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Jan 09, 2019, 12:09 PM
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Why do small 4 stroke engines need oil in their fuel?


Why do small 4 stroke engines need oil in their fuel and not just oil directly in the crankshaft? Large 4 stroke engines have a special oil area to put oil in (like in your car). Why is this not the same for RC engines?
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Jan 09, 2019, 12:22 PM
AMA 537620
ChillPhatCat's Avatar
An oil pan adds to the weight and complexity... needs an oil pump too. As with just about anything in the hobby I would say weight is the number one reason... but it is also more complex than a car or lawn mower because most RC aircraft are also aerobatic so you need a system that is designed to function in all orientations.
Jan 09, 2019, 12:34 PM
GloBroz PowerLab
1QwkSport2.5r's Avatar
The biggest reason is model aircraft can fly inverted and/or often have the engine mounted inverted. If our model 4-Stroke cycle engines had an oil sump, the oil would be in the wrong place when the engine is inverted. This besides the complexity of an oil pump and related added weight.
Jan 09, 2019, 02:01 PM
Registered User
Not to mention the difficulty in getting crankcase oil to the lifters, cam followers and so on. Just simpler to add oil to the fuel.
Jan 09, 2019, 02:22 PM
A Picture is Worth 1000 Words
Gary Cee's Avatar
Remember the Damo Twin?

http://sceptreflight.net/Model%20Eng...%20FS-436.html
Jan 09, 2019, 03:26 PM
The great Brutifier
Actually, it is none of the above…. You could theoretically put some oil in the sump, and it "would work" sort of... Provided some channels for the oil to pass, it would even get oil everywhere it would be needed. Because that is exactly how it works now as well.
It would work inverted, because basically, that is how current engines work: there is an amount of oil in the crankcase and it splashes around, without any pump or whatever. Because like it or not, that oil in the fuel is NOT passing the crankcase first but last, it drips down along the liner wall and is being misted into the crankcase. But take a minute to envision how an inverted mounted engine would be lubricated at first start up or any consecutive start up? It would not, if not for the splashing around of oil either injected by the user if it is a brand new engine started first time, or the oil left from the previous run.....

The main thing is: it is impossible to seal an engine that small totally up so it won't consume (lose) that oil, because it would be pretty hard to fit one or two pistonrings AND an oil scraper ring, and you can't make reliable valve guide seals either in this size, or reliable crankshaft seals. The slightest leak would cause the engine to lose oil, and because there is so precious little of it, without warning you would have an engine damage on your hands.

Aside from that, it would get very tricky to fit a dipstick somewhere… What level to use? A .60 engine has at best something like 2 ml (possibly even less) of oil in its internals at any given time. You could add an oil pan, but that would make the engine a lot more bulky and it still would not contain much oil.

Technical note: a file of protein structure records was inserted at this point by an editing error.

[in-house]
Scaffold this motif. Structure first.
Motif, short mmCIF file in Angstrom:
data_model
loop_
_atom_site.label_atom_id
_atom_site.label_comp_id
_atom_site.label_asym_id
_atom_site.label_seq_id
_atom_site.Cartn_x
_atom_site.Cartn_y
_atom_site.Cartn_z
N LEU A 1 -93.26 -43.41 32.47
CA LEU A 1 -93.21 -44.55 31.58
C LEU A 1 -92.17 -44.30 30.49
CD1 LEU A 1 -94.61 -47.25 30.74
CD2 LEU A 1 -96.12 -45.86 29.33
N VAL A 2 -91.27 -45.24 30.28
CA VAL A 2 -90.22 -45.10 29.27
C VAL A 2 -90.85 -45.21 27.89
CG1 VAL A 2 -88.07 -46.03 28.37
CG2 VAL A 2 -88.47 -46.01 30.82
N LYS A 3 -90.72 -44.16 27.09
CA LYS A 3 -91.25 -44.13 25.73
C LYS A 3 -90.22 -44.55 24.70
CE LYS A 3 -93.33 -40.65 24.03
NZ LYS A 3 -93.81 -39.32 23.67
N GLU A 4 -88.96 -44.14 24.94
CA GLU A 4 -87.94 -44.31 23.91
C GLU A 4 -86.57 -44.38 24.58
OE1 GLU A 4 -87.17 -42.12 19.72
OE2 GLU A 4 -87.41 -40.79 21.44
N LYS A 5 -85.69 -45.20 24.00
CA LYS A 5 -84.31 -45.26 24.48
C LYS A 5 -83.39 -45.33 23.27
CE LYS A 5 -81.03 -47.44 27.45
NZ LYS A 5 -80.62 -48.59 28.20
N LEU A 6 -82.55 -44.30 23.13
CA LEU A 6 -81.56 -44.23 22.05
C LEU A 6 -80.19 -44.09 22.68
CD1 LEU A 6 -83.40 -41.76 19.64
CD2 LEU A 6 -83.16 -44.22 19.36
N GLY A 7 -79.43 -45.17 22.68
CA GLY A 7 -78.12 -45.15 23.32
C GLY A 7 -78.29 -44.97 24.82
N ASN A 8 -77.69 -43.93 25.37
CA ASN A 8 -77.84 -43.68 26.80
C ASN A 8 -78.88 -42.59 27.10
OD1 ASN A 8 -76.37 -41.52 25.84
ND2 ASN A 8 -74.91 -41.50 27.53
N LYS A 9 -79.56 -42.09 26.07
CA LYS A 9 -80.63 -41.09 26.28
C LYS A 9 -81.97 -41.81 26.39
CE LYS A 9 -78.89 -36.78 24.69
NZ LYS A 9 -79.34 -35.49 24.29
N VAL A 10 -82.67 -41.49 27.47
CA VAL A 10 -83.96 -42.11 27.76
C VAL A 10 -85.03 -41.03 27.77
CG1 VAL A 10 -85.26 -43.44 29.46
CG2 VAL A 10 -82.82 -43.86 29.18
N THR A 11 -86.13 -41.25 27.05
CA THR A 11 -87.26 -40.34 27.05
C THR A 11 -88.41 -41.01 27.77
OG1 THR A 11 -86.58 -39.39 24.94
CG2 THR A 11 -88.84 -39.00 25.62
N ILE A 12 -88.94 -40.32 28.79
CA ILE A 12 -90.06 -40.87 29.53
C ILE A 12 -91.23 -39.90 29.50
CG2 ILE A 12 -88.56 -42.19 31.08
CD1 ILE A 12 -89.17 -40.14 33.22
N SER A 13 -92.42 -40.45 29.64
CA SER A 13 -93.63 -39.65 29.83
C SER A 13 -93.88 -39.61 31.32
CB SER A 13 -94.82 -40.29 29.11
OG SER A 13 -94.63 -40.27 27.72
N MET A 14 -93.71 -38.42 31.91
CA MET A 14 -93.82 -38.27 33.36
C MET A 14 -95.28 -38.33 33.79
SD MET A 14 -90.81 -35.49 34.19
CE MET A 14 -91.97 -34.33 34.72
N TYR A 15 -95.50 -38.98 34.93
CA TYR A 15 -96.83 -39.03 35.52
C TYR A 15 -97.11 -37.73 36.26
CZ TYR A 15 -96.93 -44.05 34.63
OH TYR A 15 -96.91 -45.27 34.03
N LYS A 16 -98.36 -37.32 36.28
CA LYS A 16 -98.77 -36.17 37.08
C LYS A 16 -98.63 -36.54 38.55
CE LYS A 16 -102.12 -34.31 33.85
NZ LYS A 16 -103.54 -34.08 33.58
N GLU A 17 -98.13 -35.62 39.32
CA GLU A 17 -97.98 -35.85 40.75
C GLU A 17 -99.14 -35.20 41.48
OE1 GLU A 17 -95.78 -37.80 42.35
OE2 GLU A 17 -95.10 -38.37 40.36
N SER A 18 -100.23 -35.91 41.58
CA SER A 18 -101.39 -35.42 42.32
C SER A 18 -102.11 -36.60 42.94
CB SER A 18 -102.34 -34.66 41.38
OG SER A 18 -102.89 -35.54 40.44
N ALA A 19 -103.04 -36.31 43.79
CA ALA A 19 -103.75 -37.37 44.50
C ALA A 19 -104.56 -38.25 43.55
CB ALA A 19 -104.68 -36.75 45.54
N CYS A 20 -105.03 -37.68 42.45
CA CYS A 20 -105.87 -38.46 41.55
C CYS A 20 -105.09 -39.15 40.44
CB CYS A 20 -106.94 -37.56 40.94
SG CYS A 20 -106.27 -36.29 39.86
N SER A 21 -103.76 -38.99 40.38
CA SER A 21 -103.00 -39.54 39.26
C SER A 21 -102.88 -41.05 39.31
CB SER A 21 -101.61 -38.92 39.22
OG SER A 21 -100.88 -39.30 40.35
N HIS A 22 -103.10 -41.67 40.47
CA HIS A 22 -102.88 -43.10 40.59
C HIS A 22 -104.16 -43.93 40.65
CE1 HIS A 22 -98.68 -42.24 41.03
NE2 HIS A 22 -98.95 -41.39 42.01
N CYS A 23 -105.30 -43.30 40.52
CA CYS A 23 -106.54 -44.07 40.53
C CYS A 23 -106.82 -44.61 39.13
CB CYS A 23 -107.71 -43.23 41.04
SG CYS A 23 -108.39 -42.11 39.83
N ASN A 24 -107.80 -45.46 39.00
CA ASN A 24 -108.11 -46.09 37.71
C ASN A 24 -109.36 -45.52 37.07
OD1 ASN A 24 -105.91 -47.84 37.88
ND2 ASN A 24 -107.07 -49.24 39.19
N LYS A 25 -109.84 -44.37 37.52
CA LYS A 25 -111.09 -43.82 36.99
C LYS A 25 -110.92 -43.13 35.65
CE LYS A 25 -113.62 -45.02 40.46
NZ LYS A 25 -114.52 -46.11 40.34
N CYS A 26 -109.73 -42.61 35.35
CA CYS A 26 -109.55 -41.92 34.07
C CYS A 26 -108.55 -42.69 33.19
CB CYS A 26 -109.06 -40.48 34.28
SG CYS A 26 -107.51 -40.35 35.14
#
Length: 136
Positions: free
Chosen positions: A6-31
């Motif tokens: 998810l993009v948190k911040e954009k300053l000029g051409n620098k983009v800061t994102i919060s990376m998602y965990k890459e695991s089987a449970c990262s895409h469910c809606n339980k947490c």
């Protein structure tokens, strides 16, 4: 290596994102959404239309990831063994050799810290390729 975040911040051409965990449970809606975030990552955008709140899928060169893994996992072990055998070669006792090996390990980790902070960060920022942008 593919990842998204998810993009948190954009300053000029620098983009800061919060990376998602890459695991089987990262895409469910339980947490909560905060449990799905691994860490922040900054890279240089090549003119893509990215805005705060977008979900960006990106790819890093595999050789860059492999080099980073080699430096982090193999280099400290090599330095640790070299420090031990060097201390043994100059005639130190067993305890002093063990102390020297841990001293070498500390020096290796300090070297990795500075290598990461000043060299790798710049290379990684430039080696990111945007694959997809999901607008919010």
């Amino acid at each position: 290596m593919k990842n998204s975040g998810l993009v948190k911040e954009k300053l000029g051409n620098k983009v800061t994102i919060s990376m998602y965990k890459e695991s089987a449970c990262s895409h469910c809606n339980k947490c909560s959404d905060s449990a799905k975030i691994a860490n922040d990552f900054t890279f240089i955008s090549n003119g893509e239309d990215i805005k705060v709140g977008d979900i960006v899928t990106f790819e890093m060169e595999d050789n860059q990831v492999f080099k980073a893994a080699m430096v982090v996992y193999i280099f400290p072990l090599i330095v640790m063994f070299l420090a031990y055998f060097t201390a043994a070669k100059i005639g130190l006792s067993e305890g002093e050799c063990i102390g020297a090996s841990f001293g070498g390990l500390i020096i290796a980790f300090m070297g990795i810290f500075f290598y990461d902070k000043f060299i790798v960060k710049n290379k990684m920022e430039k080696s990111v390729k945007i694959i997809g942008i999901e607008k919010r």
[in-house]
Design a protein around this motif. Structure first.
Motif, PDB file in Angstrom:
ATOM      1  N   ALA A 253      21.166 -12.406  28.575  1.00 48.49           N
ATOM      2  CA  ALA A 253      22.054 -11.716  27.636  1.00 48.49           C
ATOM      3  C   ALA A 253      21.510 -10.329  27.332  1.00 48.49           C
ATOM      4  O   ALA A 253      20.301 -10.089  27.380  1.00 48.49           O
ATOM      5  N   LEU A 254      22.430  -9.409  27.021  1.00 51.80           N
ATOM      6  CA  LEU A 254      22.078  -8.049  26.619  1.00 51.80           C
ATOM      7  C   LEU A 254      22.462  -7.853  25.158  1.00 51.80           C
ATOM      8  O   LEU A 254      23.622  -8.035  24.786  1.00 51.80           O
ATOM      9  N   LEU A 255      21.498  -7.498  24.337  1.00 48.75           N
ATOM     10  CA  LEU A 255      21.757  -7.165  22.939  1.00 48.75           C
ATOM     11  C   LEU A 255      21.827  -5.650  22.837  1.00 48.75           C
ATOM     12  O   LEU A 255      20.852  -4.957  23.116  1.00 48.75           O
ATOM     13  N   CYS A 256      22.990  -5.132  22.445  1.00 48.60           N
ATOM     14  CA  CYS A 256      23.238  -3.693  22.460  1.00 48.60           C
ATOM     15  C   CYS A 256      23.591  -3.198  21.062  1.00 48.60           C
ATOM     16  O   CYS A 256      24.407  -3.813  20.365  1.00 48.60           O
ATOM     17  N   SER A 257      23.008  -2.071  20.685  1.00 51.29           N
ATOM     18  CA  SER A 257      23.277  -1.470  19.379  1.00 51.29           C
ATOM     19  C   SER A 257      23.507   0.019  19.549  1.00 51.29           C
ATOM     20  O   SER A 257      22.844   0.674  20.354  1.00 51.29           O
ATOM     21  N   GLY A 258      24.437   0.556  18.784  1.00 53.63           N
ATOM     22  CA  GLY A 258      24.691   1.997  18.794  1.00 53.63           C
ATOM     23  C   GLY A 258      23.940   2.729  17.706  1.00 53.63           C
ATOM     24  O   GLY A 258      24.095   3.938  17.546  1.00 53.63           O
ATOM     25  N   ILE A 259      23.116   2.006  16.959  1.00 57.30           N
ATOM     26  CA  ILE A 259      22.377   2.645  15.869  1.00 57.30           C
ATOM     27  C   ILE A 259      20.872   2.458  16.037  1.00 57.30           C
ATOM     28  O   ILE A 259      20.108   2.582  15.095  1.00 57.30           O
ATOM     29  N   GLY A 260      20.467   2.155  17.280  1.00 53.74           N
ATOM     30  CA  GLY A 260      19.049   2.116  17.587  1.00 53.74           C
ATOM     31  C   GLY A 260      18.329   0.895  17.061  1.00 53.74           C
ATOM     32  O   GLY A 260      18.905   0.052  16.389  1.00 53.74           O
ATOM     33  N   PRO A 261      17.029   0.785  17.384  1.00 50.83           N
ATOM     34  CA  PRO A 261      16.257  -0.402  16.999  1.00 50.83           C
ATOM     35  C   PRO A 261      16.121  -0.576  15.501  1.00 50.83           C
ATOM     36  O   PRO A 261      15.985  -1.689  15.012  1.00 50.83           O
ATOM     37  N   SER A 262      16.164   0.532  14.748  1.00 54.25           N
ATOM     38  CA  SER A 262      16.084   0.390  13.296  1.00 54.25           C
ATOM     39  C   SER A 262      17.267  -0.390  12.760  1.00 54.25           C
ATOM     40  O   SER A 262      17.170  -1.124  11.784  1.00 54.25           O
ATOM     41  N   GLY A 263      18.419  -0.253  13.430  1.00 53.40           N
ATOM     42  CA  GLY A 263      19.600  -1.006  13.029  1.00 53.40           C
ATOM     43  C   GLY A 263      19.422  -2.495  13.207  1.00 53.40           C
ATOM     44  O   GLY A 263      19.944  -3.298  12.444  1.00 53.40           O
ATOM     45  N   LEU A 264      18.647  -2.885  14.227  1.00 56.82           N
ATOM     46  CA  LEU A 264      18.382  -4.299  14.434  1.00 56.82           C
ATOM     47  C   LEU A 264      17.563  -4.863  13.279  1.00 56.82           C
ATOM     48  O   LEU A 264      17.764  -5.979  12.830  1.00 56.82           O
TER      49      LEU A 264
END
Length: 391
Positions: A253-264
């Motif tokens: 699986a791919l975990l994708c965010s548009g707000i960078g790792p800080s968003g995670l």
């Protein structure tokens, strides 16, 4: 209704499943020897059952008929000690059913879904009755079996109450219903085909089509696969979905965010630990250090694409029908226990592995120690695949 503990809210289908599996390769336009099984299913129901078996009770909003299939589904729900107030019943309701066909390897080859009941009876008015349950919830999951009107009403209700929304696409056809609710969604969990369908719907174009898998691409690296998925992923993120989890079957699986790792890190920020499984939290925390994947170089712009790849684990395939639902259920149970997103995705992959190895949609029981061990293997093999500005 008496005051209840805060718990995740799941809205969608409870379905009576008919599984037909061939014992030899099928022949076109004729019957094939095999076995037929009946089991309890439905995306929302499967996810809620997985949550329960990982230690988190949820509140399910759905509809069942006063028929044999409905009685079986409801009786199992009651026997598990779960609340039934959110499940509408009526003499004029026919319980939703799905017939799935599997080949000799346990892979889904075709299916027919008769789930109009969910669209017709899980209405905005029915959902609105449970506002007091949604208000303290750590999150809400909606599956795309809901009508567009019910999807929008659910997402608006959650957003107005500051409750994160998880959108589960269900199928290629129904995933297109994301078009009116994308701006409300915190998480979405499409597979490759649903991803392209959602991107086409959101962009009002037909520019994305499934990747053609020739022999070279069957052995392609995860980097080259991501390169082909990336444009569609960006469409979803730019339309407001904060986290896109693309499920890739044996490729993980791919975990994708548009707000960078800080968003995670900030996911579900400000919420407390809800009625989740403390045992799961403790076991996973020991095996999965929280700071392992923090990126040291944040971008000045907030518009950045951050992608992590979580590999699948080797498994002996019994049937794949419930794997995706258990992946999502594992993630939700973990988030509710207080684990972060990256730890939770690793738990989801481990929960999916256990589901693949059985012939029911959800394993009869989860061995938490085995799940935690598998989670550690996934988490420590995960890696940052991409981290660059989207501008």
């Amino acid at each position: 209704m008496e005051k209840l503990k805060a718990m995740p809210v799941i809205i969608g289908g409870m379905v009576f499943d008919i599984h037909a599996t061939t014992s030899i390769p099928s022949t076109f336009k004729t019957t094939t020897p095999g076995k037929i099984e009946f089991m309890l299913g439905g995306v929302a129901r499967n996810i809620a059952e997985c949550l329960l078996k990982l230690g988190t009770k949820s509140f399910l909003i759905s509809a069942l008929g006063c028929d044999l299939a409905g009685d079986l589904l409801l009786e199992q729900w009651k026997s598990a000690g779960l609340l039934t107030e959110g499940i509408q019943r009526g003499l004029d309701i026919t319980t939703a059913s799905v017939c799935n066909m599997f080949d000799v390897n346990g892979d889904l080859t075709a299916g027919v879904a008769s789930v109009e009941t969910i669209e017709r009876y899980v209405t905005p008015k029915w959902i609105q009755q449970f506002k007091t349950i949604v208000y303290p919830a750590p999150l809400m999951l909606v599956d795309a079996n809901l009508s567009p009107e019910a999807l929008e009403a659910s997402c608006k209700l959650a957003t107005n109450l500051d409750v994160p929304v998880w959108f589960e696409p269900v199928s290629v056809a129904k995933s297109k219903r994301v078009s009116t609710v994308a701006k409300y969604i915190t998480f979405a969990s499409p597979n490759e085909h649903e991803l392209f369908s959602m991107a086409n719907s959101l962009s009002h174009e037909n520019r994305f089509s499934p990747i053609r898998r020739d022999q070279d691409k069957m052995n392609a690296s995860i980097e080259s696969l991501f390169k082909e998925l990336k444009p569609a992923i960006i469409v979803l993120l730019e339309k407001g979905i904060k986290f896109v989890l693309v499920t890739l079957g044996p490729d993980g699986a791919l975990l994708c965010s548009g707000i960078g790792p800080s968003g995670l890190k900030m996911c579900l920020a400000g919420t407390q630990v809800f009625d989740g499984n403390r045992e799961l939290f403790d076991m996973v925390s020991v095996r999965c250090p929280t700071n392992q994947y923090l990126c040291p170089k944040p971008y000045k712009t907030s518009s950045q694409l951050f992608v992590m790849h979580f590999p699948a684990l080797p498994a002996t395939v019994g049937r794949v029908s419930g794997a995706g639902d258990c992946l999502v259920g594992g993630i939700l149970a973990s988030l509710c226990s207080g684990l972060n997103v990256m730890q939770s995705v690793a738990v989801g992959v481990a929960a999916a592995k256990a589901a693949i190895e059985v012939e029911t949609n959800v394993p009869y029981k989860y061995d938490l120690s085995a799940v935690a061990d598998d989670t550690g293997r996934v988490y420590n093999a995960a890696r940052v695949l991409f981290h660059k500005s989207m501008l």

Another thing would be the lifetime of the oil. What service interval to use? One flight? 5? 10? What a hassle!

So they opted for the simplest solution: no scraper rings or seals, and let the oil in the crankcase be continuously replenished by seepage past the pistonring. The crankcase vent would ensure the amount of oil remains more or less constant (Oil collects untill a certain amount is retained and excess being thrown out through the breather nipple), and the close embrace of the case around the crank ensures the conrod is for most of its rotation in touch with the oil clinging to the casing, forcing oil into the oiler holes, so that part is covered as well.....

Problem solved.
Jan 09, 2019, 03:31 PM
Registered User
Quote:
I received this beautifully made engine from Sweden that really got my attention due to one very unusual feature, it didn't require any oil in the fuel due to the lubrication qualities of methanol was sufficient. Yada Yada
Methanol had nothing to do with lubrication, in fact methanol doesn't aid in lubrication at all. If you read on further, the engine is full of ball / needle bearings. Then a recommended 1/2-5 percent oil was added to the fuel as a safety factor. Nice looking engine none the less.

The KAVAN 50cc twin boxer actually had a sump and oil pump!
Jan 09, 2019, 03:37 PM
The great Brutifier
Quote:
Originally Posted by ClubFlyer
The KAVAN 50cc twin boxer actually had a sump and oil pump!
I was very dissapointed back then, to find out that it did not, as expected, have a pressurized oil feed, rather the pump was a small plunger pump that jetted some oil to the top of the crankcase from where the oil would drip down and continue as splash lubrication. They could just as well have made an oil scoop on one of the conrods….
Jan 09, 2019, 03:45 PM
AMA 537620
ChillPhatCat's Avatar
Quote:
Originally Posted by Brutus1967
Actually, it is none of the above…. You could theoretically put some oil in the sump, and it "would work" sort of... Provided some channels for the oil to pass, it would even get oil everywhere it would be needed. Because that is exactly how it works now as well.